London – Southwark (Borough of) – The Barrel Project

This is the Barrel Project, which interested me as it is the taproom of the London Beer Factory and they say that it’s a fluid space which is used for numerous different purposes. The brewery themselves are located in Norwood and they were founded by brothers in 2013. This space along the Bermondsey Beer Mile is in their words, “a joint blendery, conditioning area, and taproom for the London Beer Factory”.

My phone didn’t like the lighting in the venue as the quality of the photos isn’t great, but they give an indication of what the interior looks like. It took a minute or so for a staff member to notice me at the entrance, and although that isn’t very much time at all, I know I stand awkwardly whilst waiting to be noticed. I don’t want to draw attention to myself as I’m British, but equally I did want to be noticed so that I could be seated. To deal with this dilemma, I looked at my phone so I appeared to be casually waiting without looking like I was annoyed at waiting. It’s a hard balance and challenging not to stand looking awkward…. Anyway, I digress.

The main bar, a traditional style frontage which looks quite grand. The venue is generally well reviewed, although I noted the:

“Sterile, gimmicky, the ‘craft’ beer scene at its worst. Can’t see it lasting”

That was three years ago, and it seems to be lasting quite well…. I didn’t find it formulaic, it ended up feeling vibrant and on-trend for me without really needing to try. The nod towards a traditional style also works well with the modern elements.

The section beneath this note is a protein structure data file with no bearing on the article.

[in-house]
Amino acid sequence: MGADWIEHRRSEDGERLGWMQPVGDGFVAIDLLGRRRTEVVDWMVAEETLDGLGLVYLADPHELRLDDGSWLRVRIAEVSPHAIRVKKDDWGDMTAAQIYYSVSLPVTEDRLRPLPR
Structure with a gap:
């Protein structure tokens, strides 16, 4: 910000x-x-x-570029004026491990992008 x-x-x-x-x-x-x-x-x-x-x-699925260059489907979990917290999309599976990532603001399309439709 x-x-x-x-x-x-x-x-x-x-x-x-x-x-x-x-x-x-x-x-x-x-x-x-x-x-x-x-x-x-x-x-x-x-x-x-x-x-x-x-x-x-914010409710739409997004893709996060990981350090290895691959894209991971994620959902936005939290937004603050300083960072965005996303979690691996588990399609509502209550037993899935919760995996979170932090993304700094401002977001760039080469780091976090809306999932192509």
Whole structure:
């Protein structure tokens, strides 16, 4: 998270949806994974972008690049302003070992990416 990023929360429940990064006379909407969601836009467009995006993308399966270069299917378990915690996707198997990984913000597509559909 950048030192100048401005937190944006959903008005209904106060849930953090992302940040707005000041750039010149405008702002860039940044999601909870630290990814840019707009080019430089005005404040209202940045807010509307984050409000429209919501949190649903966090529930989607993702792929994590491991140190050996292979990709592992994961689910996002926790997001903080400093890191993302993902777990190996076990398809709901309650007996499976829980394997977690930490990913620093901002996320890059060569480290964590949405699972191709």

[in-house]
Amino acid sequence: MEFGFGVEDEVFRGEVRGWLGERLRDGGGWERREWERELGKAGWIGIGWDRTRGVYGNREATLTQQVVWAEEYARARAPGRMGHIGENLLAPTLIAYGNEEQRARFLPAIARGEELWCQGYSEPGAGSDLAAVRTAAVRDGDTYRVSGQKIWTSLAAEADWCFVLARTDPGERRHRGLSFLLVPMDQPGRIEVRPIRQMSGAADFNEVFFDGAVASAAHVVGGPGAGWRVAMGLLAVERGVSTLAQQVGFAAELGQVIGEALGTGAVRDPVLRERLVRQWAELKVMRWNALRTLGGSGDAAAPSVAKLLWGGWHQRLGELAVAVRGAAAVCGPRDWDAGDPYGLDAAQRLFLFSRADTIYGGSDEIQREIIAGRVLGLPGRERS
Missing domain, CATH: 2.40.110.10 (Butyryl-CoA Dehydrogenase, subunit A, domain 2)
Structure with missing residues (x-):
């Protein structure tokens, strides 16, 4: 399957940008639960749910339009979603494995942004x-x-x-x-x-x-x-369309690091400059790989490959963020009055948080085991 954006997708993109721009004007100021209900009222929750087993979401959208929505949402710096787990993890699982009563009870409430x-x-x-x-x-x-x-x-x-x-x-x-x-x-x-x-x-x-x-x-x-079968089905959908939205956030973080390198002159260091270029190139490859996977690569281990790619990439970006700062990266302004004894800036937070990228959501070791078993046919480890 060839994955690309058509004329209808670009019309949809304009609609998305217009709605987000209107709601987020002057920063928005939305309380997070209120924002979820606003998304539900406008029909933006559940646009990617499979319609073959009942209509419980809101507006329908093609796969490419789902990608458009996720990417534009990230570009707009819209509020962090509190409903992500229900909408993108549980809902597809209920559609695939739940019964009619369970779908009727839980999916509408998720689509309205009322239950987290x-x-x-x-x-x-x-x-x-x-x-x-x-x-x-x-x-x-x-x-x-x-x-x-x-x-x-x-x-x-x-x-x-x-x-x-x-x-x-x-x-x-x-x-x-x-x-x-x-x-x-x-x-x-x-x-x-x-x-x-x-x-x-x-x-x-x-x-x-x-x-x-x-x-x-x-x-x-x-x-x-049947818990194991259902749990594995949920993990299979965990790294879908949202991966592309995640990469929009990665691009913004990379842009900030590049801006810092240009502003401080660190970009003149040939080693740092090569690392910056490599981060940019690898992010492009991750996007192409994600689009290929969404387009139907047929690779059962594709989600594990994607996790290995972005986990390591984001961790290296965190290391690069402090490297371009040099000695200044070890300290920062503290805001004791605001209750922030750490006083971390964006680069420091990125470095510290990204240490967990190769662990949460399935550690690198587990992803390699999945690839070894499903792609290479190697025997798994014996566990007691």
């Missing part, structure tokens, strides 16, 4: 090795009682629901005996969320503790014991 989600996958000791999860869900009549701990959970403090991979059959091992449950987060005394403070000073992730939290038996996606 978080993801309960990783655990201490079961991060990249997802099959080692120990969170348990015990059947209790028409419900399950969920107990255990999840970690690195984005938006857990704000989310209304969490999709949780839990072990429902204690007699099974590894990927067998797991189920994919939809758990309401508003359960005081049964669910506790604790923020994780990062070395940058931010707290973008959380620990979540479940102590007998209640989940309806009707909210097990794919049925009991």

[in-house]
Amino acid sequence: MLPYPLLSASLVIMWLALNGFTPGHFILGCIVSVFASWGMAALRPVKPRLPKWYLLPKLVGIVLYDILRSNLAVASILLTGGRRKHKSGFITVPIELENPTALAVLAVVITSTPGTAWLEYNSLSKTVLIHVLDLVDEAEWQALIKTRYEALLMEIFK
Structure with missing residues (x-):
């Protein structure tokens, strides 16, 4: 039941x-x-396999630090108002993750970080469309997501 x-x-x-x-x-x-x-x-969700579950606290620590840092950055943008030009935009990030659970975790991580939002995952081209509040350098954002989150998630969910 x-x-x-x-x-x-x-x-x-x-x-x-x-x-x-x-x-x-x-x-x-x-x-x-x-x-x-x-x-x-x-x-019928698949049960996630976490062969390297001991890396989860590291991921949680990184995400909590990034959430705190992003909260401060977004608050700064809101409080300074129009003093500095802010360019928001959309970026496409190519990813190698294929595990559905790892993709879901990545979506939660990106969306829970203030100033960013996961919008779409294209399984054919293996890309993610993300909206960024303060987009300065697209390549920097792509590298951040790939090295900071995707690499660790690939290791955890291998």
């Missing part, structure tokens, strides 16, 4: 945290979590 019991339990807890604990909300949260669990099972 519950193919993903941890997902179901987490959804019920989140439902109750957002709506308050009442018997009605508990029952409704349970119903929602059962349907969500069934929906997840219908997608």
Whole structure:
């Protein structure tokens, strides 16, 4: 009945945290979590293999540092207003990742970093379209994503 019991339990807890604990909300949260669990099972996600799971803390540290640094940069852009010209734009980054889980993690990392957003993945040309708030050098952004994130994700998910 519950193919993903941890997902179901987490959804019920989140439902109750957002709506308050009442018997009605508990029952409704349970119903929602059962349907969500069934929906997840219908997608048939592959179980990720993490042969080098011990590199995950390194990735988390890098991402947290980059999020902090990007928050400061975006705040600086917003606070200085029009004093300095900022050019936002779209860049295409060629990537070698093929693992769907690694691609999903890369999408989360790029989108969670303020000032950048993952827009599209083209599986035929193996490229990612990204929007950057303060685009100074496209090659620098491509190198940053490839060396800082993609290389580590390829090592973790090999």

And another 1/5 review of:

“Stag groups not allowed in”.


Everything else is much more positive in terms of reviews, with the atmosphere here feeling very relaxed and informal. Although being located in railway arches does make for a poor phone signal.

To the left are some of the hundreds of barrels which are located here, along with the seating which goes all the way to the back of the unit. It was busy on the Sunday afternoon that I visited, with most of the tables occupied during the entire time that I was there.

There was a printed menu for customers, but I did like that they’d still made the effort to chalk the beer list onto the wall as well. There were numerous different beers that I wanted to try, but I limited myself to 1/3 of three of the stouts.

And the three beers, with the staff member very carefully remembering which was which, pretty useful since they’re all stouts that look the same. Not that it matters to anyone, but I can still remember the order, so I shall note that here as a nod towards my professionalism….. All brewed by the London Beer Factory themselves, the top one is the Big Milk Stout, then the one with the head in the middle is the Zia and then the one at the bottom is the Wonky Tonk. The first two beers were very acceptable, but it was the third one that interested me the most.

I left the Wonky Tonk until last as I thought it would be the best, and it did work out like that. The description for the beer reads:

“A three bean stout, dripping with deep chocolate, heady vanilla and roasted almondy tonka beans. Layered and luxuriant, this beer morphs as it warms, cascading through the strata of flavours. Relaxing you into that post-dinner armchair”.

That sounds decadent. And it didn’t disappoint, a rich and full mouthfeel with a delicious initial chocolate hit. A smooth aftertaste, almost like a liquid hot chocolate, but with slightly nutty and vanilla flavours. Really quite lovely, and I didn’t get bored of it either, sometimes these strong ABVs, and this was 11.5%, can get a little harsh by the end. I like beers with a real depth of flavour.

This is the third attempt that I’ve made to get in here, they’ve been too busy before. However, I’m glad that I persisted, as the welcome was authentic, the interior is quirky and interesting, with no shortage of excellent beers to try. The service is friendly and knowledgeable, so definitely a recommended visit for anyone visiting the Bermondsey Beer Mile.